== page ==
It seems to me that for the most part blogs on investing focus on the successes of the investors. Generally these blogs make investment suggestions then trumpet successes. Failures certainly seem to be under-reported. In the opposite spirit this is the story of the worst investment I ever made.
Maybe it’s because of the movie but most people I know have heard of the Titanic. My investment was like the titanic in two ways. First, it set out with high expectations and unfounded certainty in the safety of the vessel, only to sink like a stone. Second, it was in the titanic. I invested in the Titanic
No, I’m not wildly old. An investor in the actual Titanic at least had the justification that they were investing in a working ship. Lay-investors probably couldn’t have known that the ship was going to sink (though I’d have liked to have met the man that managed to get short on the Titanic because he thought it was going to sink). What I invested in was the Titanic artifacts, and the salvage rights on the Titanic. You see, a company named Premier Exhibitions had acquired the Titanic artifacts and the salvage rights. These are the guys that do the Bodies exhibition among other things. Someone had signed a letter of intent to buy these assets for 189 Million ($3.78 per share). That deal fell apart due to financing, and as part of it a court set some restrictions on how a potential buyer had to care for the artifacts. However, the company was profitable (barely) At this point I made my first investment when the stock was trading for $2.69 per share, I invested a relatively small amount of capital (2.5%).
The march of doom
The price proceeded to fall from $2.60 to $1.60 because a major holder had partially liquidated his holding. This by itself wasn’t terrible news, it would simply give me an opportunity to buy more of the stock at a discount. (At least that’s what I thought at the time). So I ponied up another 5% of the portfolio. In 2014 the stock fell again. This time down to about $0.85 per share. This drop was different. It was due to the fact that the company was no longer profitable and that they had taken out a loan on poor terms. The company might not survive to realize the value of the assets. I reasoned that I had not invested in the company for its earnings, so that didn’t matter to me, and that shareholders would be driven to make a sale of the titanic assets happen before the company went under. Even if they sold it at a 50% discount I would come out ahead (so I figured). I therefore invested another 7.5% of the portfolio on the way down to $0.85 per share. (Everyone keeping track, we’re up to 15%, obviously this investment was worth substantially less than that now.) The same reasoning applied the following year when the stock fell to about $0.50 per share and I invested another 5% of the portfolio. Eventually my string of errors became obvious to me and I sold, part at $0.50 per share and part at $0.22 per share. (The stock did a 10:1 reverse split so in order to compare these values with current numbers available on a finance portal you need to multiply them all by 10). By the time I exited Premier Exhibitions had fallen a gut-wrenching 92%. If you add up all of my purchases and sales I managed to lose 55% of the money I invested, this was about 10% of my portfolio.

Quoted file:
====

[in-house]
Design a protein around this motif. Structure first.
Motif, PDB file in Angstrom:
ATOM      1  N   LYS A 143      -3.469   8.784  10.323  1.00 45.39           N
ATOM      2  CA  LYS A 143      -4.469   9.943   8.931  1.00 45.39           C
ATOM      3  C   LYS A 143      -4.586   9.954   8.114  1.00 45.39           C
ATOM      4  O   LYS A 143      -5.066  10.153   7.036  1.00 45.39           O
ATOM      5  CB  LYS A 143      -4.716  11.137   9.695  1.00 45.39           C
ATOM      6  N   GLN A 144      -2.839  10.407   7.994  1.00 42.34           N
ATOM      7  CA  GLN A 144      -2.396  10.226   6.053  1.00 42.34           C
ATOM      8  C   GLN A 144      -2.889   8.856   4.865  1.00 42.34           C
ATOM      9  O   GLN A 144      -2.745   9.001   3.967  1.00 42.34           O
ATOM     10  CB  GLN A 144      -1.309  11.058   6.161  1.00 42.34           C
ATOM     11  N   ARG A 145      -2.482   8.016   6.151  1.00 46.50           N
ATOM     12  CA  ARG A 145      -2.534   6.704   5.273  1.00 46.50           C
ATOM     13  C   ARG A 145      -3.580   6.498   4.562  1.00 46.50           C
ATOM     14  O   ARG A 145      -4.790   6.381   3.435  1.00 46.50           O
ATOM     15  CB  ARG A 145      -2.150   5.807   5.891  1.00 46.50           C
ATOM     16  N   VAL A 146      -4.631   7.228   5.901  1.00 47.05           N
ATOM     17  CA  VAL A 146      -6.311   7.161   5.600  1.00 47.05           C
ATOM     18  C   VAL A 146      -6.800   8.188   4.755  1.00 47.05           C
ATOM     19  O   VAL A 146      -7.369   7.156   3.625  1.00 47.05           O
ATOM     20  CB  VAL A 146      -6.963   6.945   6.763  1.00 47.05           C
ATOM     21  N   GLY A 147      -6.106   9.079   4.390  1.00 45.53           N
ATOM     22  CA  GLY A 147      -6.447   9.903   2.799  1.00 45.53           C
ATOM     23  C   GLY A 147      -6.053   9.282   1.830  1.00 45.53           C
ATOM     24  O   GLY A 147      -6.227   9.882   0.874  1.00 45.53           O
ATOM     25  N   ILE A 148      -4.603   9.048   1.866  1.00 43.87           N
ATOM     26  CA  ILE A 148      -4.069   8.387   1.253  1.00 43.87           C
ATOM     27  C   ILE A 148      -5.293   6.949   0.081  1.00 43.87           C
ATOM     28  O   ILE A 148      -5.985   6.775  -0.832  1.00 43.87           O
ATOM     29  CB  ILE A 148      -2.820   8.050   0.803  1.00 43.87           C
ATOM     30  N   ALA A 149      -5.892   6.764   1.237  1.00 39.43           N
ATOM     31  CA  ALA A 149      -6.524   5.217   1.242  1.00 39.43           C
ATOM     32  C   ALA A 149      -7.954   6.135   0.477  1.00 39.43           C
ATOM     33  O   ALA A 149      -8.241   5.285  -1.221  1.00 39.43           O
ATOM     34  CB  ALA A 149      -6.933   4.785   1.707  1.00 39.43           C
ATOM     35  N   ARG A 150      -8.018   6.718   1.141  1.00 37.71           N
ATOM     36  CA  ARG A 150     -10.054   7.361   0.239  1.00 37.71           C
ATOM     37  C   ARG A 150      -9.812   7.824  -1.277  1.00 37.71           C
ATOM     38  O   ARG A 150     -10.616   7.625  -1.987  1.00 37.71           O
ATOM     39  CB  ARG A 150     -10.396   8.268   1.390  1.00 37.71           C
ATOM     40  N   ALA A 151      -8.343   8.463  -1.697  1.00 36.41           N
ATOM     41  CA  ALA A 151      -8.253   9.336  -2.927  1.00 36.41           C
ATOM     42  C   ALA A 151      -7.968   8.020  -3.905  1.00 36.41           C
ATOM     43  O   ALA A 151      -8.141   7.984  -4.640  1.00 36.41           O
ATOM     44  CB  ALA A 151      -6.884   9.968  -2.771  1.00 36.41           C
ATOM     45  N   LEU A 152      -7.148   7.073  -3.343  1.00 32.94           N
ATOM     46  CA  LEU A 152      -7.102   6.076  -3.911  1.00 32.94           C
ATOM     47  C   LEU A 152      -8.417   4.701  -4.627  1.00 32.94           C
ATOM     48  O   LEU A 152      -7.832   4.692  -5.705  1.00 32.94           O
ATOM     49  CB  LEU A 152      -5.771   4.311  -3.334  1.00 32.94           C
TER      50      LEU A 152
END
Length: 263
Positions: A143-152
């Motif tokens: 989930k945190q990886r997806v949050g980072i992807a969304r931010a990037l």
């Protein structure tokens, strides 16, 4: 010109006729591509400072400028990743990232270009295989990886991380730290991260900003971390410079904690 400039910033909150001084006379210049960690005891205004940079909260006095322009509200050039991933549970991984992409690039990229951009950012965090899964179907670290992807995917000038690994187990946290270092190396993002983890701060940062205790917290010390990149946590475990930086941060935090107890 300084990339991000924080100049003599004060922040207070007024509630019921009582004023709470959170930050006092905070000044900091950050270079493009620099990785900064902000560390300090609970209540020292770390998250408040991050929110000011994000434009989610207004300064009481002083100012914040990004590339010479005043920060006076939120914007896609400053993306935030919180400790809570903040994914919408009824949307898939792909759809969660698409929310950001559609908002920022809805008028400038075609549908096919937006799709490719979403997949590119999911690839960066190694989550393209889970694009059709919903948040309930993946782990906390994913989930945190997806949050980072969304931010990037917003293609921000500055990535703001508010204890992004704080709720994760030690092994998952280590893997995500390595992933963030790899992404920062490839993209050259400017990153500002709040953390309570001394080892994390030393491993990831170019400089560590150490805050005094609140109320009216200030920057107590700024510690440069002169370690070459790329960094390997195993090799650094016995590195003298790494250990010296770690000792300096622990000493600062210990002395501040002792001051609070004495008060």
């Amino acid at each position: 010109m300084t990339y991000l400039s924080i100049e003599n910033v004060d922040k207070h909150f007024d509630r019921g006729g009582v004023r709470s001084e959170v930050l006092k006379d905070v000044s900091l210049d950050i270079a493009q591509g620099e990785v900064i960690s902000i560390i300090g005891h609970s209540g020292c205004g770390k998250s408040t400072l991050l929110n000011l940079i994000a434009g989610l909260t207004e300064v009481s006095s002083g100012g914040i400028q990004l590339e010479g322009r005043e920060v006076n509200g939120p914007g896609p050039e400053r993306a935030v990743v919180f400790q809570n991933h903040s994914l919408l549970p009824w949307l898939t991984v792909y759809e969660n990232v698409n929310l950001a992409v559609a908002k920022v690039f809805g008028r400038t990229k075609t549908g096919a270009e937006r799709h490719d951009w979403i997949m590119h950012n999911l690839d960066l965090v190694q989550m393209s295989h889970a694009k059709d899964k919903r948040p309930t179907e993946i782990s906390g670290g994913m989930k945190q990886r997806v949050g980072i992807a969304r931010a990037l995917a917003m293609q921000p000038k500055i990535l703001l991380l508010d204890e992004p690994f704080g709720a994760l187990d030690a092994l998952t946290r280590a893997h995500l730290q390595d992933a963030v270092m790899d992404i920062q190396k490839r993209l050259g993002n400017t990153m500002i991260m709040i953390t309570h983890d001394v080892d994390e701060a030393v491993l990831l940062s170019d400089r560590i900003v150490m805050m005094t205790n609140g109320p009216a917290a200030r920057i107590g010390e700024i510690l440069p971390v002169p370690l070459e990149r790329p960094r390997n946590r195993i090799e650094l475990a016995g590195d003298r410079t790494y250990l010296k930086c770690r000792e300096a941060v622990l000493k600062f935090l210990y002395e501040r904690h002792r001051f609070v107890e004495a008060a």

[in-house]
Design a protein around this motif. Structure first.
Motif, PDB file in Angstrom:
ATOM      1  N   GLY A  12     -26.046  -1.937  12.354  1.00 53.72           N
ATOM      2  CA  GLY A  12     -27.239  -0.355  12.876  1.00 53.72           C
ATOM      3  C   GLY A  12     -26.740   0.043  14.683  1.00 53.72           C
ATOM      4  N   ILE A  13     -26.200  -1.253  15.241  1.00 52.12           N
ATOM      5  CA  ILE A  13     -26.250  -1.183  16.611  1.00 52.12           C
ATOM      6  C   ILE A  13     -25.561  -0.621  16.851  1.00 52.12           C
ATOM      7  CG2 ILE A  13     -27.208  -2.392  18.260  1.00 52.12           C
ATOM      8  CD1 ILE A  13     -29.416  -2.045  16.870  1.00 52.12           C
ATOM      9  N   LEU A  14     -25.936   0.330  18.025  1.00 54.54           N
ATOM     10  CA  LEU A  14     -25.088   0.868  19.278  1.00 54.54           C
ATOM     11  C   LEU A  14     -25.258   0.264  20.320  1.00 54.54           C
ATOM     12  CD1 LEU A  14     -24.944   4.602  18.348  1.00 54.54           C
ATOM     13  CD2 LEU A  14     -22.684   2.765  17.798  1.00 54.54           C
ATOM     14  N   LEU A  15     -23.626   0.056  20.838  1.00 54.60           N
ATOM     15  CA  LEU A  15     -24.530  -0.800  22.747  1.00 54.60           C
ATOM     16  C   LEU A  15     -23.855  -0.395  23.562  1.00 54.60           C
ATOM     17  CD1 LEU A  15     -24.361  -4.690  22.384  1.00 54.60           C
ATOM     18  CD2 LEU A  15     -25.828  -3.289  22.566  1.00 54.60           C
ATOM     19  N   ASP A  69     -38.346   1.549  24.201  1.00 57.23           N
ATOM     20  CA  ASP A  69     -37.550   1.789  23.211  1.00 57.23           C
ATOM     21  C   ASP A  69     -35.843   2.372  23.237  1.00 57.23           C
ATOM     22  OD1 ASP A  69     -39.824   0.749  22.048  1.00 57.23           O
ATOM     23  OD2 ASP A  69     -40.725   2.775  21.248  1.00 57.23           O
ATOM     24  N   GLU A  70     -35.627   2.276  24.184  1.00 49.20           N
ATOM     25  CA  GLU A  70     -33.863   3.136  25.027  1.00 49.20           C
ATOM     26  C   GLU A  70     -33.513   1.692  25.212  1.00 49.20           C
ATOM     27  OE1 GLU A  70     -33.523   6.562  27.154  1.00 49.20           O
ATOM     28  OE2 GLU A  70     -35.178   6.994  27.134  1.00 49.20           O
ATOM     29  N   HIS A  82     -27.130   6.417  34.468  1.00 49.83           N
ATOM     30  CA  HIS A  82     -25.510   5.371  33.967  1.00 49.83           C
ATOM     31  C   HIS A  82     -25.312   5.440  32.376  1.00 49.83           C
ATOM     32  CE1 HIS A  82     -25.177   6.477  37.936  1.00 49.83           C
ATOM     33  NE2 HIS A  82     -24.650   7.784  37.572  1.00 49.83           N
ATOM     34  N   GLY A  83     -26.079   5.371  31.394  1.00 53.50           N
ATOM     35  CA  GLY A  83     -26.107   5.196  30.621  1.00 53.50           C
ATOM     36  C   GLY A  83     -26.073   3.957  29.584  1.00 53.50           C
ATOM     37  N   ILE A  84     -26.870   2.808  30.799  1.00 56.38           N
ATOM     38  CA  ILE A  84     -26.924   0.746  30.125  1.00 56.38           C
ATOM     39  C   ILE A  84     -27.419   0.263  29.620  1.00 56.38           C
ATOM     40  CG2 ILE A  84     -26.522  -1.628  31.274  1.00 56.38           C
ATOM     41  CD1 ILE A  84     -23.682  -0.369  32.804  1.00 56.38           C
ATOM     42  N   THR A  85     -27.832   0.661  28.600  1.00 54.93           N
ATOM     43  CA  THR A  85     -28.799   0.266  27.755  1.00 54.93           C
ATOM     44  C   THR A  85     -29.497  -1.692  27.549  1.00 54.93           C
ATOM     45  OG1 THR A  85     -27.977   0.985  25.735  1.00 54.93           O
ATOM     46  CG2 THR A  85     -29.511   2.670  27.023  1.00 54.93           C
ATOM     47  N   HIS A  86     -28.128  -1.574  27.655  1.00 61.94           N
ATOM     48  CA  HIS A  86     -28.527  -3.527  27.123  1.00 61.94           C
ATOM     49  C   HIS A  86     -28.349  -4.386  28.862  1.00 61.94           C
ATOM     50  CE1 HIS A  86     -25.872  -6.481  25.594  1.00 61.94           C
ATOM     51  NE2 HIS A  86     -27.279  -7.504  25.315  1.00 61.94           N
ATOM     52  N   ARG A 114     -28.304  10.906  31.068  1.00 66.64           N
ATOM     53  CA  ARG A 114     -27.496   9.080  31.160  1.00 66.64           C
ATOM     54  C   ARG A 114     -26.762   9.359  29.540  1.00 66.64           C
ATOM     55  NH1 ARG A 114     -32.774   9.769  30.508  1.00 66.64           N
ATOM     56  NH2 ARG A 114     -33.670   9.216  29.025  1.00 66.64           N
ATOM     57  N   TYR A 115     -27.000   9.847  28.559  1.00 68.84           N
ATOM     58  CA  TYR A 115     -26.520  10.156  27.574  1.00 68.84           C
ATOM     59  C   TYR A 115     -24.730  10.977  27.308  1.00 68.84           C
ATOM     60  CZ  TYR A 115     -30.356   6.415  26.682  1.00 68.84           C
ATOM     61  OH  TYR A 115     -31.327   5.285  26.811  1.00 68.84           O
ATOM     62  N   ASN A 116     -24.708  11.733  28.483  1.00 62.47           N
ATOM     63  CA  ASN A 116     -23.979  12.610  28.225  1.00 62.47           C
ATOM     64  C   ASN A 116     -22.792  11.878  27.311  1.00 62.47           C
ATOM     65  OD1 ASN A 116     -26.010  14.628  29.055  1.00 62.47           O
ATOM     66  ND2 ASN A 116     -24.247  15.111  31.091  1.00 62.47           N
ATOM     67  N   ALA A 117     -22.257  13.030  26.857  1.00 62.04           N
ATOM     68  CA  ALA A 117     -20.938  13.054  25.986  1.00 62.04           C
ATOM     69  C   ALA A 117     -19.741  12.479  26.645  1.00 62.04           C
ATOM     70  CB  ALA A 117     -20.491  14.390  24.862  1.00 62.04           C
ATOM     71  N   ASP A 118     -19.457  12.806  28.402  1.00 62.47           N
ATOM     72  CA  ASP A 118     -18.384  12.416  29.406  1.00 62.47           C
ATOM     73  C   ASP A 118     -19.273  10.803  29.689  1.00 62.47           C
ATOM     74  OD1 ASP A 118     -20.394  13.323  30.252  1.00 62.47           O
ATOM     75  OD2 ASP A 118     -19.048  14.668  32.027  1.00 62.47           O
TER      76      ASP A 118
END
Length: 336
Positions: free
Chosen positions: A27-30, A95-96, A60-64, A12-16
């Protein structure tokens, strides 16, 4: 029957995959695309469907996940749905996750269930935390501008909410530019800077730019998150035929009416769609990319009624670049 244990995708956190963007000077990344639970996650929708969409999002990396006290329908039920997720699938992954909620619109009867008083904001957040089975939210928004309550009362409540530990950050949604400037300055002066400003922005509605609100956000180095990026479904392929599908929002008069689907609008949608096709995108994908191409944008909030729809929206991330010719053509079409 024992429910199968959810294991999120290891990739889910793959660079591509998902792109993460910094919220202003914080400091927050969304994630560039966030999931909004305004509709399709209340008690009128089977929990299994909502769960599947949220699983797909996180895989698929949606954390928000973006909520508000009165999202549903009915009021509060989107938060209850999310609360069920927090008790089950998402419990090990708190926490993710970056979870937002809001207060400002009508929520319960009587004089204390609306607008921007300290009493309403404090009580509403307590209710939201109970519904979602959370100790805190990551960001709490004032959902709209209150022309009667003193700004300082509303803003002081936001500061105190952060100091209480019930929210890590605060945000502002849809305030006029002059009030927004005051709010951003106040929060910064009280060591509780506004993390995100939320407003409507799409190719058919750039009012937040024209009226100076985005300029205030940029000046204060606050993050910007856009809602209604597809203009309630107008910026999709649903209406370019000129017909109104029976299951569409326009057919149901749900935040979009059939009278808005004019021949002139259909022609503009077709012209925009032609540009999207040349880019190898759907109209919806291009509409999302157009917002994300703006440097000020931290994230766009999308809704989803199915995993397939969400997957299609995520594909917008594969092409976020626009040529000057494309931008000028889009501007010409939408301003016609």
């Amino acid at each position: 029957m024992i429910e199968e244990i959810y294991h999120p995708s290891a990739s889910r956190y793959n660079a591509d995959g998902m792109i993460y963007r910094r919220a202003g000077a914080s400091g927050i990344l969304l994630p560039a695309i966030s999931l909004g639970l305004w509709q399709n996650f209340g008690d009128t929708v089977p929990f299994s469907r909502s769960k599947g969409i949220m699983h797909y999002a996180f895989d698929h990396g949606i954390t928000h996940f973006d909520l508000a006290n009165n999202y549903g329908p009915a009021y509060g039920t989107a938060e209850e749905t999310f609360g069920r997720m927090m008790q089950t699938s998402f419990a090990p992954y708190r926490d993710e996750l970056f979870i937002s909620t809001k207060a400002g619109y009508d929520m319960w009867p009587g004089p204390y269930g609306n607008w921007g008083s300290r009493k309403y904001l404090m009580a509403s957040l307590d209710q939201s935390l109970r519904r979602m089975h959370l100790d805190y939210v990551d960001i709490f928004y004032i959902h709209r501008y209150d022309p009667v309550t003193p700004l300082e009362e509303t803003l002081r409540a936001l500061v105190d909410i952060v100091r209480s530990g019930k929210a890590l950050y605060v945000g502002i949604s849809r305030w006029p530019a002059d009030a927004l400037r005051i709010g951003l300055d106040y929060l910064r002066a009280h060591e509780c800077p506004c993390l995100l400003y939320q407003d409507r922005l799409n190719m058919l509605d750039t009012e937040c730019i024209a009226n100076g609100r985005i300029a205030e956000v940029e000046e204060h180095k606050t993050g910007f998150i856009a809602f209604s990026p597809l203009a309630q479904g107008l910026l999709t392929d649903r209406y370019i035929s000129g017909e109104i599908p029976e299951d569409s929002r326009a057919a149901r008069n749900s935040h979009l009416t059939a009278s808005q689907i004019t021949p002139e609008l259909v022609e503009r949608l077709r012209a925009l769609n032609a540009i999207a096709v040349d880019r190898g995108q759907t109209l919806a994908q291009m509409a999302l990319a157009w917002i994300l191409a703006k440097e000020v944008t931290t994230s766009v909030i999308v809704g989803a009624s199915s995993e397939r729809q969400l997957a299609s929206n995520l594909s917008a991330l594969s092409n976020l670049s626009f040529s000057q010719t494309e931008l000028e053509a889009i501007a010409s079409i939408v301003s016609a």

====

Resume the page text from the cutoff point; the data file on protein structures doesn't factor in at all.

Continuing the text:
What went wrong
The joke I liked to tell at this point was, what do you call a company that falls 90%? A company that Adam loses 80% of his money on, invests more and proceeds to lose 50% of that money. As far as I can see it there were two large mistakes here. First was that an asset is only worth the discounted values of the future cash it generates. The titanic artifacts weren’t making Premier any money, who would pay $190 million for them? Depending on other people having a irrational attachment to the artifacts was the entire basis of the investment. It didn’t work out. Second, I was excited about this investment. I was losing money on it and I liked trotting it out as an example of me doing badly in the market. I thought that this would balance me out and not get overconfident. The problem was that every time I explained my reasoning, I was just pounding this wrong idea harder into my head. So I’d explain why I thought it was a good idea even though I was losing money, then go and invest another 5% of the portfolio in it! Charlie Munger explained this in a famous speech he gave in 1995:
And of course, if you make a public disclosure of your conclusion, you’re pounding it into your own head. Many of these students that are screaming at us, you know, they aren’t convincing us, but they’re forming mental change for themselves, because what they’re shouting out [is] what they’re pounding in. And I think educational institutions that create a climate where too much of that goes on are…in a fundamental sense, they’re irresponsible institutions. It’s very important to not put your brain in chains too young by what you shout out.
I strongly advise you to read the whole speech called “the psychology of human misjudgment”, it is available here.
So what did I learn? First, diversification is really important, simply because if you are making an error it protects you. I still outperformed the market during the 2013 to 2015 period despite losing 10% of the portfolio because of diversification. Second, I should probably limit myself to only investing a certain percentage of the portfolio in a specific stock even if “better” opportunities present themselves. This might help protect me from confirmation bias in the future. Anyone else have any horror stories about buying individual stocks? I can’t be the only one out there with a massive loser.
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